Author: Jim Hranica (firstname.lastname@example.org)| Sales Engineer
No matter if your business is producing 1,000 or 10,000 products a day, the risks attributed to poor quality management remain the same. Having appropriate protocols in place to consistently deliver reliable goods is essential to not just maintaining customer loyalty, but to sustaining a business’ costs & profits. After all, there are few things that can impact revenue as much as product quality.
As a business owner, you can invest in the best equipment and support it with talented staff, but if you cannot contain bad parts, you significantly risk increased material, labor & disposal costs, jeopardize order deadlines, and damage customer satisfaction & retention rates. All of which have heavy effects on your reputation and bottom line. So how does a business go about ensuring that at every stage of the manufacturing process, goods are efficiently monitored for defects – without disrupting the line.
Quality Control and its Impact to the Manufacturing Process
Quality Control is a procedure (or set of procedures) that a company uses to ensure that all end products meet predefined standards and requirements. The process allows businesses to identify product variations and in return rectify production line failures. While no one can absolutely guarantee the total elimination of errors, if a supplier can easily capture input and process flow data of individual parts, it can go a long way towards capturing the deficient parts before they are shipped.
Aligning the production process with industry standards comes with its own set of headaches. For medium to high volume production part suppliers, maintaining quality control of an individual part by keeping up with a line’s history of processes can be very labor intensive and slow. This holds especially true when multiple machines (sometimes on multiple stations) perform the same process. If one machine begins producing non-conformant parts, and then these flow down the line with good parts, the impacted quality suspect range of non-conformant parts increases exponentially. If the raw material is determined to be non-conformant, which in-process parts and finished goods are now impacted?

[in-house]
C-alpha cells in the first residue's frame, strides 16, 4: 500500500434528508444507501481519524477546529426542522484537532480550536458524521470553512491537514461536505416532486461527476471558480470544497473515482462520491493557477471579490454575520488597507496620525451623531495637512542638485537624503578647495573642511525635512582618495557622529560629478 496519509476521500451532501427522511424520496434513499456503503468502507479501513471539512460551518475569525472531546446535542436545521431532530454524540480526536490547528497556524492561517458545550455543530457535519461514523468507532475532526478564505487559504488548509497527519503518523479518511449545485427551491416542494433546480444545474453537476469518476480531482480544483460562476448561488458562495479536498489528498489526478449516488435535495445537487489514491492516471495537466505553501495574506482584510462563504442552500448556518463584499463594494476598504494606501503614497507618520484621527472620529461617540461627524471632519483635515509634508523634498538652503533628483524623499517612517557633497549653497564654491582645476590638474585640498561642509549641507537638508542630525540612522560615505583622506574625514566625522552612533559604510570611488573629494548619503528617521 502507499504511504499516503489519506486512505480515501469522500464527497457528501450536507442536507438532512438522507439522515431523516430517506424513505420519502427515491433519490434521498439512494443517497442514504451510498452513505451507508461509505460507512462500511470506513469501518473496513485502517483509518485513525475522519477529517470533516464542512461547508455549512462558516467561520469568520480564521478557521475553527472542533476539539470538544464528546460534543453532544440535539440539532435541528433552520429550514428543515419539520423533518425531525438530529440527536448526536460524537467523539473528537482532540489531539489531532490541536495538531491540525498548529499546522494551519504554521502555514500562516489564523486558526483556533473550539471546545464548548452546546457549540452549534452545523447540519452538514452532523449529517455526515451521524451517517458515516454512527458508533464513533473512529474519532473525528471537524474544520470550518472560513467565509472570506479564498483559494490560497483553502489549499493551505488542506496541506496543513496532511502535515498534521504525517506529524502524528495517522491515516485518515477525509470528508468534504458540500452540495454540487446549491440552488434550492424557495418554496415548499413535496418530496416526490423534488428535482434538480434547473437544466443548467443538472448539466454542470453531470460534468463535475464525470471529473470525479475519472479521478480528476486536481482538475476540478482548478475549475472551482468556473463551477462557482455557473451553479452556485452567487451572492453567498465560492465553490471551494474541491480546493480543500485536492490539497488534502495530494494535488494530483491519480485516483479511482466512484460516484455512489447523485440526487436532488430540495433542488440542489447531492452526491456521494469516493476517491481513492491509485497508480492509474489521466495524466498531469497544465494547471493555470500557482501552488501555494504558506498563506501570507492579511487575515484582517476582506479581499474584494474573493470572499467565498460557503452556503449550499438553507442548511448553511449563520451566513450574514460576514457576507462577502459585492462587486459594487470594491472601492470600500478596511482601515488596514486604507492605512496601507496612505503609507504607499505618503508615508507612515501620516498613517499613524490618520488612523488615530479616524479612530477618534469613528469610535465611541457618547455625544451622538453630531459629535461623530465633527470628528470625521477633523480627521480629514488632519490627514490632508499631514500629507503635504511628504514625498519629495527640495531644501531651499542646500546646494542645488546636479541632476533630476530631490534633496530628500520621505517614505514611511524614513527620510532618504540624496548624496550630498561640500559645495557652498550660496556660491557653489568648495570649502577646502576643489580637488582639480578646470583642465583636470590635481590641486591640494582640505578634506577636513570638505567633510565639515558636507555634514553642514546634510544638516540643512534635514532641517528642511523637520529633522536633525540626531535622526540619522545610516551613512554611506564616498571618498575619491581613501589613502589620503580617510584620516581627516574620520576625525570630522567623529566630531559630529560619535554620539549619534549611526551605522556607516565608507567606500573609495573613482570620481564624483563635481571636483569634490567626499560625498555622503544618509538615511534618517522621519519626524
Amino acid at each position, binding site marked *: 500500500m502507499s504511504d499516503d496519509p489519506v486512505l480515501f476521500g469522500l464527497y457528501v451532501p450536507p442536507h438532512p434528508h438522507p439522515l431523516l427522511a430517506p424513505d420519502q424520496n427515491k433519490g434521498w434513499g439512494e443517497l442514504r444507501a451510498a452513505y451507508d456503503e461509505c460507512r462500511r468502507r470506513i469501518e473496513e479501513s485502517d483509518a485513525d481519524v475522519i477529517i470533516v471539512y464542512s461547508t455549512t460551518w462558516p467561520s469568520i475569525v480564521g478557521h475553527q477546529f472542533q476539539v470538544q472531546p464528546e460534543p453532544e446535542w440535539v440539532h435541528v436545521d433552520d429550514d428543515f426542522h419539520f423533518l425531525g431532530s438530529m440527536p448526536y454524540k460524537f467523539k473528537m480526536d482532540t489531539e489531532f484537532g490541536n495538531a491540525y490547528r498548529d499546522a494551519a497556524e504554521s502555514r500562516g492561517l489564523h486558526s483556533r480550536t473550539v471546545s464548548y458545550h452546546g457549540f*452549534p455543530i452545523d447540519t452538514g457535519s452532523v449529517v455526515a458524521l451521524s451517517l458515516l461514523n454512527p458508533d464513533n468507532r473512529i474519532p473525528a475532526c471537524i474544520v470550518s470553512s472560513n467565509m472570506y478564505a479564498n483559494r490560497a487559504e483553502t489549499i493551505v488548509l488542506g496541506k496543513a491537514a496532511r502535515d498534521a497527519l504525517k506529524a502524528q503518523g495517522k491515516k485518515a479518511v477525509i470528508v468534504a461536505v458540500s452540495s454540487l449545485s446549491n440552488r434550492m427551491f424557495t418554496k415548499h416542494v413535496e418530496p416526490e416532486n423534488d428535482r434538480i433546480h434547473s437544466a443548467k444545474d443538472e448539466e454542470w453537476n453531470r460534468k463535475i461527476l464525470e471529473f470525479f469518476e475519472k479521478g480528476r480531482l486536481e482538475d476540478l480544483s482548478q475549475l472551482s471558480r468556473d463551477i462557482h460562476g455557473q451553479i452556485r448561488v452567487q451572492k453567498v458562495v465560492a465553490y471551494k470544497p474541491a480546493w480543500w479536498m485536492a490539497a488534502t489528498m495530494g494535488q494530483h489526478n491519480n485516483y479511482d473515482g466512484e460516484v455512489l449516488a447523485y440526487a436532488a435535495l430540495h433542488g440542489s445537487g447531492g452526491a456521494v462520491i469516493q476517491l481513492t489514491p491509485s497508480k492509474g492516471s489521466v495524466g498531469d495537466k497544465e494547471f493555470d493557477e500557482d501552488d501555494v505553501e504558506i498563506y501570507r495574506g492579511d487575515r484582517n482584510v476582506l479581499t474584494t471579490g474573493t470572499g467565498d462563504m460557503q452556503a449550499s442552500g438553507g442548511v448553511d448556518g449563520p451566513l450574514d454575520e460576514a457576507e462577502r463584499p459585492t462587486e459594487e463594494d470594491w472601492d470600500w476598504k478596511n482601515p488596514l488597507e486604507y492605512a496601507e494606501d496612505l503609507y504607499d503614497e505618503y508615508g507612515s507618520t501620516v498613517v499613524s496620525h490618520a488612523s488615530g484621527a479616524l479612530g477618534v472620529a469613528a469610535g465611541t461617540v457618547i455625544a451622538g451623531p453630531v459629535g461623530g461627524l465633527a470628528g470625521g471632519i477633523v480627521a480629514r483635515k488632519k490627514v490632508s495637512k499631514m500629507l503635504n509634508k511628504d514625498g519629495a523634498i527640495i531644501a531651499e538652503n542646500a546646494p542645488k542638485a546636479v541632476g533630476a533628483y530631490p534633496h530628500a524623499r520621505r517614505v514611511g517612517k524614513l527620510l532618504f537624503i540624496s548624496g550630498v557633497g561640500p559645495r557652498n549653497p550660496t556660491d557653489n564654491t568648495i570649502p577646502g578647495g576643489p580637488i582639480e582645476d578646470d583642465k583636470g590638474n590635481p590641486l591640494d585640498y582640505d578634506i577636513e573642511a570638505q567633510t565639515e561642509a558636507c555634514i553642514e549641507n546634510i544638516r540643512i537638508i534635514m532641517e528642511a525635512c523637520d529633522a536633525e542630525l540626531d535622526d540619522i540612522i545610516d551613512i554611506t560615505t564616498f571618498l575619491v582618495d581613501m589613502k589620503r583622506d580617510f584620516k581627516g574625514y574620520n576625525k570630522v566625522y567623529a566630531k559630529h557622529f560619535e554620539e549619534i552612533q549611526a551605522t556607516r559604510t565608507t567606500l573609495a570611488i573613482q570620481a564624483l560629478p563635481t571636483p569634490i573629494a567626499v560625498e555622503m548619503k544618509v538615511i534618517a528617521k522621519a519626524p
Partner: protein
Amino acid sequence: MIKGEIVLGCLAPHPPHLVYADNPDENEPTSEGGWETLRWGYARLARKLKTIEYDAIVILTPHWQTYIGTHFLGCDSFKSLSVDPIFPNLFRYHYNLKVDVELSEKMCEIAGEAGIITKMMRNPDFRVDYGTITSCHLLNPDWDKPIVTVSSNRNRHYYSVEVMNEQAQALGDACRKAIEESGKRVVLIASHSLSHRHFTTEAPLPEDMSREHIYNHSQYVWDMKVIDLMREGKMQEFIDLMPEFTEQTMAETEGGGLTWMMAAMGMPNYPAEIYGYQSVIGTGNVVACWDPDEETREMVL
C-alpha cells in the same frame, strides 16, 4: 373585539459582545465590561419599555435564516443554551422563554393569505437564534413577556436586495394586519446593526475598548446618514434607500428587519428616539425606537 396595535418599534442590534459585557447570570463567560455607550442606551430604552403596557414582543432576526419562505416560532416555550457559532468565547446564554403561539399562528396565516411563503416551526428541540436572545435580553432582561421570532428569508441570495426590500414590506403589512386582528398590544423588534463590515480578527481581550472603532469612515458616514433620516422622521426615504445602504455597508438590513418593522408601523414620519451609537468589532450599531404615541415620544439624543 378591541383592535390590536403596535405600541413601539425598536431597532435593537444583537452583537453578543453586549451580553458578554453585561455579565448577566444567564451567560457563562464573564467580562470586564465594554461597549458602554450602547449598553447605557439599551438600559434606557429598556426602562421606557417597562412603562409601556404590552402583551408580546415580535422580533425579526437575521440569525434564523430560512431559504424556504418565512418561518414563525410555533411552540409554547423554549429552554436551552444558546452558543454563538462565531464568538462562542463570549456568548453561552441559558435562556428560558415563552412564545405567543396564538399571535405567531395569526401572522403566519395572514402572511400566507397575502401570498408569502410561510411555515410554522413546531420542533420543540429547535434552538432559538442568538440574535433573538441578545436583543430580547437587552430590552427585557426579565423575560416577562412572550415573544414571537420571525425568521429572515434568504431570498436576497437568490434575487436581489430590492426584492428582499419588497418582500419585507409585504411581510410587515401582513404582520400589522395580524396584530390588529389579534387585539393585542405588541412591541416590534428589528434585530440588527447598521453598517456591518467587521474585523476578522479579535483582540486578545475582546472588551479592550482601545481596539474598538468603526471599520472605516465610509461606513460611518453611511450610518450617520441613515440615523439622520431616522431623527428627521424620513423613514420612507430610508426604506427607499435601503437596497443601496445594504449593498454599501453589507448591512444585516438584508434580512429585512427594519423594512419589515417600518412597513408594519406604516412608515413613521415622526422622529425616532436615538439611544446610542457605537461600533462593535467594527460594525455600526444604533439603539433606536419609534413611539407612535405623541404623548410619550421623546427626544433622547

With so many inspection points and qualitative standards, how does one go about developing the best Quality Control system for their business? What real-time monitoring measures can employ prompt and rapid production corrections?
IIoT, Automation & Serialization Systems:
Getting the Most Out of Your QC Plan
An effective way to bolster a QC plan is to leverage IIoT integration with a machine’s load/unload automation system to communicate with a PC database and maintain part serialization records & real-time process history. This autonomous communication process/provides many levels of tracking and control; from simple part history recording, to confirming model types, critical part data storage, hold flags and more. Through a unique serialization numbering system such as a barcode or RFID tag (best applied where raw material is produced), the programmed process gives manufacturers better visibility, reliability, and response into their operations.
Giken successfully integrated this system, which received a US Patent 7809458B2 by Honda Motor Co Ltd in 2010, into several Honda plants by installing cameras at key locations on the machine’s automation line. Sensors gathered and analyzed data by identifying parts as they moved down the line. This real-time communication between the process control system and machine controllers was so successful at increasing day-to-day operating efficiency that the system has since been implemented at multiple Honda manufacturing plants using various methods of data capture and data storage and queries.
There are many products and technologies specifically geared towards improving a business’ QC practices. Recognizing each product’s strengths and understanding how they could fill the gaps to your production process can be daunting. At Focus Technologies, we take pride in offering our customers 30 years hands-on, real world factory experience. You name it, we’ve seen it, and we’re here to help. Give us a call today at 800-501-3445 or email us at email@example.com